London Grammar – Truth Is A Beautiful Thing (Dew Process/UMA)
Is this UK trio one of the surprise act of the past few years? They have been gradually making inroads into our consciousness with their celebrated trip pop since 2013. Just ask their loyal fan base what they love most about London Grammar and they might say Hannah Reid’s soaring voice. It’s fair to say I jumped on that bandwagon earlier in the year, when London Grammar teased us with their first single Rooting For You. This song, my first introduction to Reid, blows me away. Her soulful qualities on this track can easily rival the Adele’s of this world.
This album is a lot more intense than London Grammar’s previous release. It is somewhat personal and impressively executed with Reid’s emotive and amazing lyrics. Reid’s gift as a songwriter is definitely her ability to bring her own experiences and the people she meets to London’s Grammar collaborative table. Rooting For You, Big Picture and Oh Woman Oh Man are my pick as standouts.
Dan Auerbach – Waiting On A Song (Nonesuch/Warner)
There is something very laid-back about The Black Keys frontman, Dan Auerbach’s new solo album. It sounds and feels quite nostalgic built around Auerbach’s memories of a period growing up listening bluegrass music. Not only that, it is fuelled by the styles and influences, of his many notable collaborators for this album, which include guitar icon Duane Eddy and Dire Straits Mark Knopfler. Shine on Me, King of a One Horse Town and Malibu Man are my favourite tracks.
Katy Perry – Witness (Capitol Records)
Is 2017 the end for Katy Perry, who almost ten years ago was pops new sensation? In almost every way Perry won me over with her 2008 album One Of The Boys and now it seems my love affair with her is on the rocks. The general consensus is that her new album Witness has moved beyond just being a collection of standout hits to what is an assemblage of personal songs. Personally I miss the sounds of guitars from her previous albums as compared to the sounds of synths and electronic beats awash on Witness. That in itself is not a bad thing, I am a fan of electronic pop, it’s just that her surprise move away from the norm has caught critics and some fans off guard. Not even her lead single Chained To The Rhythm nor the release of her controversial video of herself being prepared as a Masterchef meal in Bon Appetit can save this mess that is her fifth album Witness.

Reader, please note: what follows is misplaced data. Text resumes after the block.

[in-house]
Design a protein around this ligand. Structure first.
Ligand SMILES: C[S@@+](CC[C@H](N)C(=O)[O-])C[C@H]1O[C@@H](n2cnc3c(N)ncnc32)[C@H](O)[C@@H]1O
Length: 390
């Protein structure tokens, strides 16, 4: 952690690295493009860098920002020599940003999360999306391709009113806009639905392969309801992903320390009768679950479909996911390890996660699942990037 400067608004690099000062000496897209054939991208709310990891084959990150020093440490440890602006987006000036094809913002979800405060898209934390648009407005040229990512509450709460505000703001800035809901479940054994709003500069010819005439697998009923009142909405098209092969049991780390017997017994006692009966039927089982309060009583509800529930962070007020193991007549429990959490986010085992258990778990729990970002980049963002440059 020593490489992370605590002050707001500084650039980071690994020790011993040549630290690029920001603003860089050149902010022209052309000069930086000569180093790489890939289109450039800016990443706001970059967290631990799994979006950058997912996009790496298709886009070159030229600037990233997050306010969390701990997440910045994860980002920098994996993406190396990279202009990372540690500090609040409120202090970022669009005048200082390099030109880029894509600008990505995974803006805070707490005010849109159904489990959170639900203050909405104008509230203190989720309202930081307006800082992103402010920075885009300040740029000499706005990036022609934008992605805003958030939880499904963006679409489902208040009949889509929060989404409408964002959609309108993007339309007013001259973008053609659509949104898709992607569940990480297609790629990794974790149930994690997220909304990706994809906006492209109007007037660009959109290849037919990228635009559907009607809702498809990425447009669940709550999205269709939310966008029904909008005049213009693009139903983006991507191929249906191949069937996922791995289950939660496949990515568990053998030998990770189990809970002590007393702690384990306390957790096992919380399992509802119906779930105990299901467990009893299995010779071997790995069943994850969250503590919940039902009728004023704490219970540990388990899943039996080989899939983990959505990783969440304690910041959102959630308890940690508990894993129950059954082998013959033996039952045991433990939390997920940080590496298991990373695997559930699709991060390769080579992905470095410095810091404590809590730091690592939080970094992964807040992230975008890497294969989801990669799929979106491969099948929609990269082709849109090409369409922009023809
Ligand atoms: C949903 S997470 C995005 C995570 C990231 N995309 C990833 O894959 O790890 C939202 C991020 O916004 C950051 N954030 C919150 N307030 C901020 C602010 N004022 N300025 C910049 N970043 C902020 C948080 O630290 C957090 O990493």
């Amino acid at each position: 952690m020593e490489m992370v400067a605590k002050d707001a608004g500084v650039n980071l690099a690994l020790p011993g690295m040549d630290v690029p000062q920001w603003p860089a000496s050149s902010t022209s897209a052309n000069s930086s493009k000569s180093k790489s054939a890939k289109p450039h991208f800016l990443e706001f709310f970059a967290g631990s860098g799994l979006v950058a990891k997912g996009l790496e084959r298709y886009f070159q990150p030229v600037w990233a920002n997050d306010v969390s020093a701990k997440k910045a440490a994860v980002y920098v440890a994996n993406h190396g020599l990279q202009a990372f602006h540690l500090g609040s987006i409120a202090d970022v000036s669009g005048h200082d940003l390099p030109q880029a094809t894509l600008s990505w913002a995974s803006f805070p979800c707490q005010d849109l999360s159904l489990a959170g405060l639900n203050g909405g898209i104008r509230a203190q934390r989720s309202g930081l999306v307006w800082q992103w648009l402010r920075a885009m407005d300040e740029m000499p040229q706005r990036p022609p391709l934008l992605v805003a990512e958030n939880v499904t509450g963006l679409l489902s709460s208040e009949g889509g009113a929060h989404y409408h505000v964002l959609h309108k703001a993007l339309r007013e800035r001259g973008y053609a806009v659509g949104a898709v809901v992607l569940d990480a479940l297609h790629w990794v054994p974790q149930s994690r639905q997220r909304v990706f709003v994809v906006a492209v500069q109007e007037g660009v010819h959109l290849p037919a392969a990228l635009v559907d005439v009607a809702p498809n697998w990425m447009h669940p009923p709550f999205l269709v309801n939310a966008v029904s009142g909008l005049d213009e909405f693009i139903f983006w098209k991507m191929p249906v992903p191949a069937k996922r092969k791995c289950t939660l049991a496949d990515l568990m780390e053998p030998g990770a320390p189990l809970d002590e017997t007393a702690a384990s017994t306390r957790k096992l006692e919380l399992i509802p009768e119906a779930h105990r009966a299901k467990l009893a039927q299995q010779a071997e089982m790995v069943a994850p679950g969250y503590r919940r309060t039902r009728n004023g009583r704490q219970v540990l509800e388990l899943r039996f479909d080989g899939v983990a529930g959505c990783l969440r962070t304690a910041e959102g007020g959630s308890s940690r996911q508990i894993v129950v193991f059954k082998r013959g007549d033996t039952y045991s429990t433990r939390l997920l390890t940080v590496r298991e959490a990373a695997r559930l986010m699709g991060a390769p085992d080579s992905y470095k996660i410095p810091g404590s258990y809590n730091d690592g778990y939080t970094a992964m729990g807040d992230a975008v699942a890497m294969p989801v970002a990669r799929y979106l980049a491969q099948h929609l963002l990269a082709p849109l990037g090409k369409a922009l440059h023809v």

Perry though seems quite content despite all the recent criticism leveled at her. She has changed her appearance (gone are the dark long locks) in an attempt to reinvent herself and I respect her for taking risks musically, but in the long run this may prove pivotal in how we response to any future releases. On a positive note I am fond of Miss You More from Witness.
Lorde – Melodrama (Universal Music)
I will leap from genre to genre in search of great music and my sweet Lorde you have done it again! Lorde’s highly anticipated album Melodrama has finally arrived, its 11 tracks – including her thumping lead single Green Light – all have the attention to detail and innovation that her debut album Pure Heroine produced. I’m not sure how Lorde will reassert herself this time around? Her breakthrough single Royals from 2013 was out of this world and after only a handful of listens her new material is as self-aware as anything on Pure Heroine.
According to Lorde, Melodrama was inspired by her first real breakup. In short, Melodrama is Lorde’s take on her transition from adolescence to adulthood. It’s also moody and atmospheric and draws on new sounds like her emotionally charged piano driven tracks Liability and Writer In The Dark. Everything about Melodrama, from Green Light to Perfect Places, is perfect. Honourable mention to Homemade Dynamite as my favourite track. Don’t be surprised if Melodrama becomes the record of the year!
Photo Credit: The header image is a collage of all four albums I have reviewed above. They are courtesy of Drew Process/UMA, Nonesuch/Warner, Capitol Records, and Universal Music. I make use of them under the rationale of fair use because no free equivalent seems to exist and they serve as the primary means of visual identification at the top of my article dedicated to the reviews in question. I am not the uploader of the You Tube clip embedded here.